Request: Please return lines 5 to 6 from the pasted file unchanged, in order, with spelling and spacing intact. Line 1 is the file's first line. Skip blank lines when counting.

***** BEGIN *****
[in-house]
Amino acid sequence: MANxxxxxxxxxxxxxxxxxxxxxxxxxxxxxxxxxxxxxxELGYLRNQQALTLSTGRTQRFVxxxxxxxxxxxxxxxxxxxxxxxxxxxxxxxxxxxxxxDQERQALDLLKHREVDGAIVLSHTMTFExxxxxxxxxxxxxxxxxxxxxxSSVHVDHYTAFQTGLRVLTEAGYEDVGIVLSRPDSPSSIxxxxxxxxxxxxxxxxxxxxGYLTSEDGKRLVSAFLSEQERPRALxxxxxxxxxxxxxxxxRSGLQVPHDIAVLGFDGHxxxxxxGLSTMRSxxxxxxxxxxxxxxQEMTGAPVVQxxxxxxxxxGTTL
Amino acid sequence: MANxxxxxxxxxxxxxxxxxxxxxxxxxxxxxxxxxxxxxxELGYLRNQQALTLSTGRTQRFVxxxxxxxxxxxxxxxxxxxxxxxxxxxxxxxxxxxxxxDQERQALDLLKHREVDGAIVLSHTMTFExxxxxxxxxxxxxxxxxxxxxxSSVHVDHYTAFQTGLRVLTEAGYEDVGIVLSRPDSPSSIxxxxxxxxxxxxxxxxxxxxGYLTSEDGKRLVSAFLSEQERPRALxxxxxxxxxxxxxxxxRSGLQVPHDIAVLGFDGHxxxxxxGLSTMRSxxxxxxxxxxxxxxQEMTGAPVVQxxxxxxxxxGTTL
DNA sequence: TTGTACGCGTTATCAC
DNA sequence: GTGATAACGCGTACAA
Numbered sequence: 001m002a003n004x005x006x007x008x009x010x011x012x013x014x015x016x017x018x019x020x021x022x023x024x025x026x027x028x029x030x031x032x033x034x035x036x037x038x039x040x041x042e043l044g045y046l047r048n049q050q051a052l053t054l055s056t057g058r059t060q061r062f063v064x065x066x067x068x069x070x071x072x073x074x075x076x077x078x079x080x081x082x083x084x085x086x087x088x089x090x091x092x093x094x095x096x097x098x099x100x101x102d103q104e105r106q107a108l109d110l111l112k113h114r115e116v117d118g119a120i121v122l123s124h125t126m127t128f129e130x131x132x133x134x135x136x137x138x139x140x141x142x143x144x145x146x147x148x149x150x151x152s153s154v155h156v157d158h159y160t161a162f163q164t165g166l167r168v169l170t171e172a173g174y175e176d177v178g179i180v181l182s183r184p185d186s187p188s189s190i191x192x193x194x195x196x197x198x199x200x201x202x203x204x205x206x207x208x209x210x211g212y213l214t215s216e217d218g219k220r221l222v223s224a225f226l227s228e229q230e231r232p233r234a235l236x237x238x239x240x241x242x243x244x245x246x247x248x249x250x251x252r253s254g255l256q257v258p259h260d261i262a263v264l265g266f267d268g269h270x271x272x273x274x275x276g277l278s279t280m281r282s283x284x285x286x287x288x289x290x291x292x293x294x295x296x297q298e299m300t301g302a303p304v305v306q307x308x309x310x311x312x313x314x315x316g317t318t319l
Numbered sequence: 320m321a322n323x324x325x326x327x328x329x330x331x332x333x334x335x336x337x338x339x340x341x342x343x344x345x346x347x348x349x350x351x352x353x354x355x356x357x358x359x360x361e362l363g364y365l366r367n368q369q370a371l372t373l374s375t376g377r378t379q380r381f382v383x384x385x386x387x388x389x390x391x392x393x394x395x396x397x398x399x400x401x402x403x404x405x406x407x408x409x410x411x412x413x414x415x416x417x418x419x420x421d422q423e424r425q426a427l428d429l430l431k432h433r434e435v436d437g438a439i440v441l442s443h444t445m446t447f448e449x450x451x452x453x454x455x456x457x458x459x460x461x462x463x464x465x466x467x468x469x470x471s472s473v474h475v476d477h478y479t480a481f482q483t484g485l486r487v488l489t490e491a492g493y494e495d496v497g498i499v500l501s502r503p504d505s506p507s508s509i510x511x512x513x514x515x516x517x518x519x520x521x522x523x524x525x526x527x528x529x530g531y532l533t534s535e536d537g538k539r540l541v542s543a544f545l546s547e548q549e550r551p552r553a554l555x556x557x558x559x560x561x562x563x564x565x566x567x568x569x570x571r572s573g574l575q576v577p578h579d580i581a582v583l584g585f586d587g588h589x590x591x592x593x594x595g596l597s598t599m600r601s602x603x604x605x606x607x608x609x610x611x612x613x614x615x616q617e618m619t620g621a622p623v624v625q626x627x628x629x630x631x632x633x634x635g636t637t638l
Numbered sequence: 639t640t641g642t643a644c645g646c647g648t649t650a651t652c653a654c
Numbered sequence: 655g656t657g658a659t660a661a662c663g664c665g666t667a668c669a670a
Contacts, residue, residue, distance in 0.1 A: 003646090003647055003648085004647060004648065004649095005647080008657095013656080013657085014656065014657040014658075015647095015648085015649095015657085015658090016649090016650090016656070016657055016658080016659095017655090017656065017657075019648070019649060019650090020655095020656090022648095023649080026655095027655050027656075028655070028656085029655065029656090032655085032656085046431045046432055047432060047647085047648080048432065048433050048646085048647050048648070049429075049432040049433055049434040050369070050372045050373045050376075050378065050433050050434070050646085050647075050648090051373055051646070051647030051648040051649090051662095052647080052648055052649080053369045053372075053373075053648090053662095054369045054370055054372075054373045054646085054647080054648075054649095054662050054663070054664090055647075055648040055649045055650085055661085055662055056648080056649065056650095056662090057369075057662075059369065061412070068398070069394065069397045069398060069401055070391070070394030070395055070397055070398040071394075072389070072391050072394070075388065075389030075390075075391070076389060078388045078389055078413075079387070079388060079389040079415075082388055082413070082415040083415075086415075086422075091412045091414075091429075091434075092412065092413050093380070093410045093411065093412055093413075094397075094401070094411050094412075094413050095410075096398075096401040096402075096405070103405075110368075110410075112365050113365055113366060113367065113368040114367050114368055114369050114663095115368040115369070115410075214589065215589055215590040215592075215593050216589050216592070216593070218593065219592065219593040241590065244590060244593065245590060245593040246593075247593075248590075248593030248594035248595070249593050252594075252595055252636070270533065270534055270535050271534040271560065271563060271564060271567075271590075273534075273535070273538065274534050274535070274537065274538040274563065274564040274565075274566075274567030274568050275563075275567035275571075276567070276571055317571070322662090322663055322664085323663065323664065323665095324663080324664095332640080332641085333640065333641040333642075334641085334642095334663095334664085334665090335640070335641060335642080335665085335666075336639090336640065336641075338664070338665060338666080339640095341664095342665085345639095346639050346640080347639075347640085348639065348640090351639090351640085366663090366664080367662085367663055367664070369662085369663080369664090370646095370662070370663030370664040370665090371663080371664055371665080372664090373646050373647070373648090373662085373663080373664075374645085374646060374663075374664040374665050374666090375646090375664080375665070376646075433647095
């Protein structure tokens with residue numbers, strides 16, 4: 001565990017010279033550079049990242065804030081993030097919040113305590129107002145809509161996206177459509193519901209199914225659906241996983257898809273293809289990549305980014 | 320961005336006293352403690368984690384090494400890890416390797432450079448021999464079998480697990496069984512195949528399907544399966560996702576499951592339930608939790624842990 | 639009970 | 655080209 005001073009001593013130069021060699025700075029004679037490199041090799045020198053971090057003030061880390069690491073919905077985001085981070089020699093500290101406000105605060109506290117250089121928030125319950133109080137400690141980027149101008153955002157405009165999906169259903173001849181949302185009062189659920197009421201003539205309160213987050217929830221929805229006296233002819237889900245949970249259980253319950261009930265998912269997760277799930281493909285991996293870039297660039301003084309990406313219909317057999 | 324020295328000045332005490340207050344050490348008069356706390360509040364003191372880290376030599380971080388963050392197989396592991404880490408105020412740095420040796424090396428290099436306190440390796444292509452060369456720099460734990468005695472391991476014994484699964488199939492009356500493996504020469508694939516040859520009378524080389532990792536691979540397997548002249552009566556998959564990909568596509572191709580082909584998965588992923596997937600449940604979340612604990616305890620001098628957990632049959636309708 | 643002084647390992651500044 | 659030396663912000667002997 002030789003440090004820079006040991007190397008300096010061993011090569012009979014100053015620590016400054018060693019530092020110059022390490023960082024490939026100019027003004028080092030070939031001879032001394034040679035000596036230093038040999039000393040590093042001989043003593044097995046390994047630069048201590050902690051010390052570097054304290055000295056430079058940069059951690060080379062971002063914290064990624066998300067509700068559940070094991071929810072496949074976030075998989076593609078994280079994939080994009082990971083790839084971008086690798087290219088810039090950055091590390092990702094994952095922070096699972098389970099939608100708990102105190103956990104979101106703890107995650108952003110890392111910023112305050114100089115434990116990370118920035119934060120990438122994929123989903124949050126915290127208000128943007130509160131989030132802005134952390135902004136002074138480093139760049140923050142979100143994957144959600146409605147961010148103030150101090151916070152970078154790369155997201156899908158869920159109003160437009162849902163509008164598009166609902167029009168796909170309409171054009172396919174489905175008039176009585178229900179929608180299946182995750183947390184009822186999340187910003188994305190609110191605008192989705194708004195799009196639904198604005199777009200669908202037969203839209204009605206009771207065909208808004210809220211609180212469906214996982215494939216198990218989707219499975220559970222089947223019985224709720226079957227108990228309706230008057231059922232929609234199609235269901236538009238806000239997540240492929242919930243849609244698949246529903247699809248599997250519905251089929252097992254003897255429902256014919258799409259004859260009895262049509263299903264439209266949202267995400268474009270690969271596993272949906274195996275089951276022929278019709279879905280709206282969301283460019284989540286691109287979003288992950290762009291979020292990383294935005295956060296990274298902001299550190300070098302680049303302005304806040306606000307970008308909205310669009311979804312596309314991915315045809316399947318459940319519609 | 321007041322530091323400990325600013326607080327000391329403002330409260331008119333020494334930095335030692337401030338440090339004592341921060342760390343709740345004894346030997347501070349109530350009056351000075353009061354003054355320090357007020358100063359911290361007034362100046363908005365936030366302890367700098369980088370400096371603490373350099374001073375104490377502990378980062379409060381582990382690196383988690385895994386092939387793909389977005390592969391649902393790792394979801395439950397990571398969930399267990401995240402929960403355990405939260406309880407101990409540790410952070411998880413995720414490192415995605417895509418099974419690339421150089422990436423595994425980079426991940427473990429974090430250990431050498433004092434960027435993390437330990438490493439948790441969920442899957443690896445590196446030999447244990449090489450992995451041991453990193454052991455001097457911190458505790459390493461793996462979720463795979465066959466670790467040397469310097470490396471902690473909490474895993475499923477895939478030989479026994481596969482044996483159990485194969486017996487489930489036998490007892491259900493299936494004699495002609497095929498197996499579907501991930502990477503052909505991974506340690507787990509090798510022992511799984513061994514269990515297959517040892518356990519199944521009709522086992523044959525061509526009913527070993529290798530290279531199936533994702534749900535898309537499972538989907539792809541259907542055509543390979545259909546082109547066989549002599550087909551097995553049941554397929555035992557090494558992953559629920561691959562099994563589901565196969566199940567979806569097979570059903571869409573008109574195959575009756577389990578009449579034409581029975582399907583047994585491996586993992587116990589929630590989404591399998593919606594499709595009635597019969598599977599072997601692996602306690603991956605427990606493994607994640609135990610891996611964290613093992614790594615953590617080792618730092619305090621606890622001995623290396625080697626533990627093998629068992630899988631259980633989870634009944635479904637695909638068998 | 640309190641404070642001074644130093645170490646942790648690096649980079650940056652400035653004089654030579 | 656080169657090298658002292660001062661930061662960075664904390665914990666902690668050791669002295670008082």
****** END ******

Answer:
DNA sequence: GTGATAACGCGTACAA
Numbered sequence: 001m002a003n004x005x006x007x008x009x010x011x012x013x014x015x016x017x018x019x020x021x022x023x024x025x026x027x028x029x030x031x032x033x034x035x036x037x038x039x040x041x042e043l044g045y046l047r048n049q050q051a052l053t054l055s056t057g058r059t060q061r062f063v064x065x066x067x068x069x070x071x072x073x074x075x076x077x078x079x080x081x082x083x084x085x086x087x088x089x090x091x092x093x094x095x096x097x098x099x100x101x102d103q104e105r106q107a108l109d110l111l112k113h114r115e116v117d118g119a120i121v122l123s124h125t126m127t128f129e130x131x132x133x134x135x136x137x138x139x140x141x142x143x144x145x146x147x148x149x150x151x152s153s154v155h156v157d158h159y160t161a162f163q164t165g166l167r168v169l170t171e172a173g174y175e176d177v178g179i180v181l182s183r184p185d186s187p188s189s190i191x192x193x194x195x196x197x198x199x200x201x202x203x204x205x206x207x208x209x210x211g212y213l214t215s216e217d218g219k220r221l222v223s224a225f226l227s228e229q230e231r232p233r234a235l236x237x238x239x240x241x242x243x244x245x246x247x248x249x250x251x252r253s254g255l256q257v258p259h260d261i262a263v264l265g266f267d268g269h270x271x272x273x274x275x276g277l278s279t280m281r282s283x284x285x286x287x288x289x290x291x292x293x294x295x296x297q298e299m300t301g302a303p304v305v306q307x308x309x310x311x312x313x314x315x316g317t318t319l